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Credit: Sammie Yoon

You are nine years old. Your mom comes into your room at 6:30 a.m. to wake you up. You climb out of bed, brush your teeth, have breakfast, then run to the bus stop. The driver yells at you to hurry up. You sit silently as the bus loops around the blocks, bringing you to school right before the first bell. 

Five classes in the morning. Three in the afternoon. Your dad picks you up at 4:30 p.m. and drops you off at the tutoring center. Five of the kids in your class go to the same tutoring center as you do. After tutoring, you go to piano lessons. Your teacher praises you for technique but says your pieces lack emotion. You get home at 8, then do homework until 10. You want to watch TV, but your mom reminds you it’s a school night. Begrudgingly, you go to bed. 

Such was the case for a majority of my friends in elementary school back in China. Our daily lives consisted of little else except for classes and after-school tutoring. There was no time to run around, no sleepovers, no playing soccer with friends in the backyard. The “Gaokao” — China’s National College Entrance Examination — loomed over us the day we walked into school. 

After every math test, my teacher would post a list of rankings. Scores were omitted, but student names were listed in order of performance. I used to obsessively check these rankings and count how many names were before mine. Seeing a long list of names underneath my own gave me satisfaction that I was “superior.” If I could just score three points higher, I would eliminate more of my competitors. And in my head, my friends were my competitors too — especially since my parents constantly reminded me that “the Hannah you always hang out with” is getting “A-pluses” on all her English tests, or that “David from next door” had passed the highest level of piano examination when he was 10 years old. 

As I progressed through middle school and began to form deeper and more meaningful friendships, the idea of attempting to outcompete people who excel in different areas than I do grew absurd. My best friend in middle school loved art and English — subjects that her parents deemed a waste of time, but ones I found to be incredibly fascinating. Therefore, it pained me to watch her spend over two hours every night on STEM classes that she loathed, while her artistic talents went unrecognized by the testing system that China had meticulously set up. 

As the semesters progressed, I stopped checking my class rankings and grew progressively annoyed when asked about my exam scores. The previous triumph of “defeating” other kids in my class no longer excited me. Therefore, when my parents discussed with me the possibilities of going to boarding school in the United States, I was thrilled by the prospect of a more varied and customizable array of knowledge, and accepted their proposal without hesitation.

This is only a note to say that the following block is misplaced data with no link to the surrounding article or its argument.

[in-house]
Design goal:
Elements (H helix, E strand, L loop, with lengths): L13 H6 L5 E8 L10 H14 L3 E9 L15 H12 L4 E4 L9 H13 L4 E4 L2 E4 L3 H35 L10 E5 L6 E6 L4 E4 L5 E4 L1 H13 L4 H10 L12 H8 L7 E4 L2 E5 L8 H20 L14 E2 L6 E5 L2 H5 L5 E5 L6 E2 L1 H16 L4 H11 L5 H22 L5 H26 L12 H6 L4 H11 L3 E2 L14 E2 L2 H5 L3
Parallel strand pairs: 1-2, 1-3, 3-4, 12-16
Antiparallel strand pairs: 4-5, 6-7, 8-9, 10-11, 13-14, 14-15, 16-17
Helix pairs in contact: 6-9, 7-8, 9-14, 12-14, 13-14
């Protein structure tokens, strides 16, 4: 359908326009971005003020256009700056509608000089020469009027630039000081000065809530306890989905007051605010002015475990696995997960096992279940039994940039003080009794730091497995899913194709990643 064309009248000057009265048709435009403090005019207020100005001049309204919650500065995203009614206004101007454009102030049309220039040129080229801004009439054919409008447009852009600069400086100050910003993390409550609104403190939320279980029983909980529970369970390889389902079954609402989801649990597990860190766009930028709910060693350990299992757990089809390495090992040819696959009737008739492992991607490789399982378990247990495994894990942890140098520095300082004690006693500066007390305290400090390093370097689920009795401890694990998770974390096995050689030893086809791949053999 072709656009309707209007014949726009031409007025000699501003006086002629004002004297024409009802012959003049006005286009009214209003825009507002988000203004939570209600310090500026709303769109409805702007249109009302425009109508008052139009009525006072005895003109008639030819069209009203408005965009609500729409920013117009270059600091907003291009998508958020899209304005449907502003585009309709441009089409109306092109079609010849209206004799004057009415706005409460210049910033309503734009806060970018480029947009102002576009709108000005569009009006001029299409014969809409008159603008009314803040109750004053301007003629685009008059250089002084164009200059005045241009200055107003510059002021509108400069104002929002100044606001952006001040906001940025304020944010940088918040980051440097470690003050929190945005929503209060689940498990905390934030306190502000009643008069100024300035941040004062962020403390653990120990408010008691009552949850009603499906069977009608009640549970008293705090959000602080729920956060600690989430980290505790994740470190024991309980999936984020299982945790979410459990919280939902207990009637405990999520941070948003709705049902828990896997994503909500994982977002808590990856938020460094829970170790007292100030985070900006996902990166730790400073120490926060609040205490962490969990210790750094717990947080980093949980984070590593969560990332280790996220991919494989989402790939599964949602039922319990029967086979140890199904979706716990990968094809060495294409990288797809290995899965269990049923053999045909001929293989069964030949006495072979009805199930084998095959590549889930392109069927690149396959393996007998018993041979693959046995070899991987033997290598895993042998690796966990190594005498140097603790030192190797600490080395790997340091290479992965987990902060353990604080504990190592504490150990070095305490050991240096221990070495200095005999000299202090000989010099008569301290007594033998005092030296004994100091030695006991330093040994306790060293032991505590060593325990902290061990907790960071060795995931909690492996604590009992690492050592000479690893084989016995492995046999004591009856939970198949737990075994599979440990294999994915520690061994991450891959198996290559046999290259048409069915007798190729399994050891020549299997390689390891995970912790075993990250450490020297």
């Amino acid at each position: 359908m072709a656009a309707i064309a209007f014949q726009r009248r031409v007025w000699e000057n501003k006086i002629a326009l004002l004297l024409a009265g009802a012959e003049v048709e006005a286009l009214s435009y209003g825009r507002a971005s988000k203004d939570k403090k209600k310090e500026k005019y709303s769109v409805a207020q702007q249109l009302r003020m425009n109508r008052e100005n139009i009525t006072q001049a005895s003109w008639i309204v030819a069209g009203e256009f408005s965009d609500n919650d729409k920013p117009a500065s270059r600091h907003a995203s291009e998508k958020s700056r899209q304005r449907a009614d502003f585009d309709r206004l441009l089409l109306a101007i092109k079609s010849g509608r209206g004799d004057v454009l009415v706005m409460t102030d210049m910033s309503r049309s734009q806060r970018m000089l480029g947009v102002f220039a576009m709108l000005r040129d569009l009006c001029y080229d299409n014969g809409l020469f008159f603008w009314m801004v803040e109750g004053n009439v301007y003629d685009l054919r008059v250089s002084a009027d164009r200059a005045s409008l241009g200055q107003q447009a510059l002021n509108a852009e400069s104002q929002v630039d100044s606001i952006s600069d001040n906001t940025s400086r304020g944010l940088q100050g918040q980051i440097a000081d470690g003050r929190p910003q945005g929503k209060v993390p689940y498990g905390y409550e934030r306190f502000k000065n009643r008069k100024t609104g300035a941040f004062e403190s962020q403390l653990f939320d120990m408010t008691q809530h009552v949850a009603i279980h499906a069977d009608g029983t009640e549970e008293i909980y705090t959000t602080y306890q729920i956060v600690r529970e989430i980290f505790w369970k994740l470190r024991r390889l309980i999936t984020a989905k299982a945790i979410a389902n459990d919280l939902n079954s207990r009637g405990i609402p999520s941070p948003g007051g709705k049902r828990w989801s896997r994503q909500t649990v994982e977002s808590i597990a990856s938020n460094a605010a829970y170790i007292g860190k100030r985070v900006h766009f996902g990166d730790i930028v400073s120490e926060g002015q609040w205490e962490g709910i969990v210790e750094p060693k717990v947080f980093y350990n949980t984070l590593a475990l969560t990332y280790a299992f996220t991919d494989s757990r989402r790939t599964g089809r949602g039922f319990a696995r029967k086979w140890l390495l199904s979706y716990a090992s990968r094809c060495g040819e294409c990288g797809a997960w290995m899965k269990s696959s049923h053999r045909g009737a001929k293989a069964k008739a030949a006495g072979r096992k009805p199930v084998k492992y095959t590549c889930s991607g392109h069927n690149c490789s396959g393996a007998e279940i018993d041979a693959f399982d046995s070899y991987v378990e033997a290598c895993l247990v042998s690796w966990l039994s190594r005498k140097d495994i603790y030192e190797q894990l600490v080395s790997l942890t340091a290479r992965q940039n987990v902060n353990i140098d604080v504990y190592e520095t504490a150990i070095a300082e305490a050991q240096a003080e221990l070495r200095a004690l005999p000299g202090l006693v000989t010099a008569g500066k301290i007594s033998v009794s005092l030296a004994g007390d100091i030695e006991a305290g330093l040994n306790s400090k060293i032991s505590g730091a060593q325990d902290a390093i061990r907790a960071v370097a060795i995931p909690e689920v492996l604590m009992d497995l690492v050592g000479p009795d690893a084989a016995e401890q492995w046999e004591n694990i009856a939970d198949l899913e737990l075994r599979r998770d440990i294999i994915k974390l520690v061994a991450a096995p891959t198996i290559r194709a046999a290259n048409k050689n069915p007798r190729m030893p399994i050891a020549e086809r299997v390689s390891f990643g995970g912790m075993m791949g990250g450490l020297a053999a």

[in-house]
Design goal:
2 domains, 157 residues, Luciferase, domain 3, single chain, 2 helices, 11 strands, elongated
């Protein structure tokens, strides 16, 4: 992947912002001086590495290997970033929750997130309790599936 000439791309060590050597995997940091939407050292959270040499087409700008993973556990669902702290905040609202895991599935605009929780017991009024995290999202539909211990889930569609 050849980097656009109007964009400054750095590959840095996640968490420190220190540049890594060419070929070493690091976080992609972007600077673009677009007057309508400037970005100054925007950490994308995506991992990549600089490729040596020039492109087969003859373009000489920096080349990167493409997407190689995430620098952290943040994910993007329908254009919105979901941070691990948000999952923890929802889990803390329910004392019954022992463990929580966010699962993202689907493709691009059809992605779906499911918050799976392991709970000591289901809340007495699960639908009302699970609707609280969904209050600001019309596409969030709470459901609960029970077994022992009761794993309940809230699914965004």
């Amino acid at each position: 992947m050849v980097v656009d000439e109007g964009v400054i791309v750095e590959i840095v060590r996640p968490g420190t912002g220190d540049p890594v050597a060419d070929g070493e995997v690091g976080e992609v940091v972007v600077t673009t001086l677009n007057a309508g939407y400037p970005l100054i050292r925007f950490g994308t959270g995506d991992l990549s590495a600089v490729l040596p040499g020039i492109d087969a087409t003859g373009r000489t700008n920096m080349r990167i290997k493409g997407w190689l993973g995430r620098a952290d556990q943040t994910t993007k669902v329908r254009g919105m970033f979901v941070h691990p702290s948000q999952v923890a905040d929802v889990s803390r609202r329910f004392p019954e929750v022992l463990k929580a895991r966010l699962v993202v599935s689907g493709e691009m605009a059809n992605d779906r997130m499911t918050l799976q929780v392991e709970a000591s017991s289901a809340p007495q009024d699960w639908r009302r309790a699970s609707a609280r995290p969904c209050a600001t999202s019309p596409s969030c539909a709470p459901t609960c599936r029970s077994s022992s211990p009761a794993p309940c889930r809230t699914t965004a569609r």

However, it was not until I developed an understanding for the methods in which U.S. universities admit students that I recognized the irony in my choice of schooling. Colleges here decide upon members of their next class solely based on a couple of essays, quantified and oftentimes inaccurate representations of academic aptitude, and background questions regarding family and income. 


As a freshman, I cannot even claim to holistically understand any of the people I have befriended at Penn yet — coming to comprehend the character of a person requires a substantial amount of time. It is therefore slightly absurd that colleges advertise their admissions process using this word — there is simply no way to completely understand any student from a few pages of paper. To falsely claim a holistic application can become a defeating concept as well. It also invalidates students who are rejected during the application process. Being denied entrance to an institution for not being a good enough person as a whole is drastically more defeating than being rejected simply for grades. 

As I delved deeper into the process of college admissions, it becomes even more apparent that the idea behind the “Gaokao” that I had loathed is almost perfectly replicated and implemented here, only in a milder form. A low score on the SAT or ACT can often mean a guaranteed rejection letter. This encourages students to obsess over GPA and standardized test scores as they strive toward the outlines of a perfect applicant. Many high school students obtain internship positions that would be much more valuable if conducted during their undergraduate years, solely because such positions look glamorous on a resume. Many take on leadership roles even though they might not naturally gravitate to organizing whole teams and large-scale events. 

I came to the United States so that I would avoid falling victim to an education system based on standardized and rigid deliverance of knowledge. It is undeniable that there is a lot more academic freedom in universities here, yet these dogmatic evaluation methods are far from holistic. The U.S. admissions process has much more in common with China’s than they’d like to admit. I thought I had escaped, but such inflexibility has only followed me here to Penn. 

LILIAN ZHANG is a College freshman from Beijing studying the biological basis of behavior and Hispanic studies. Her email address is

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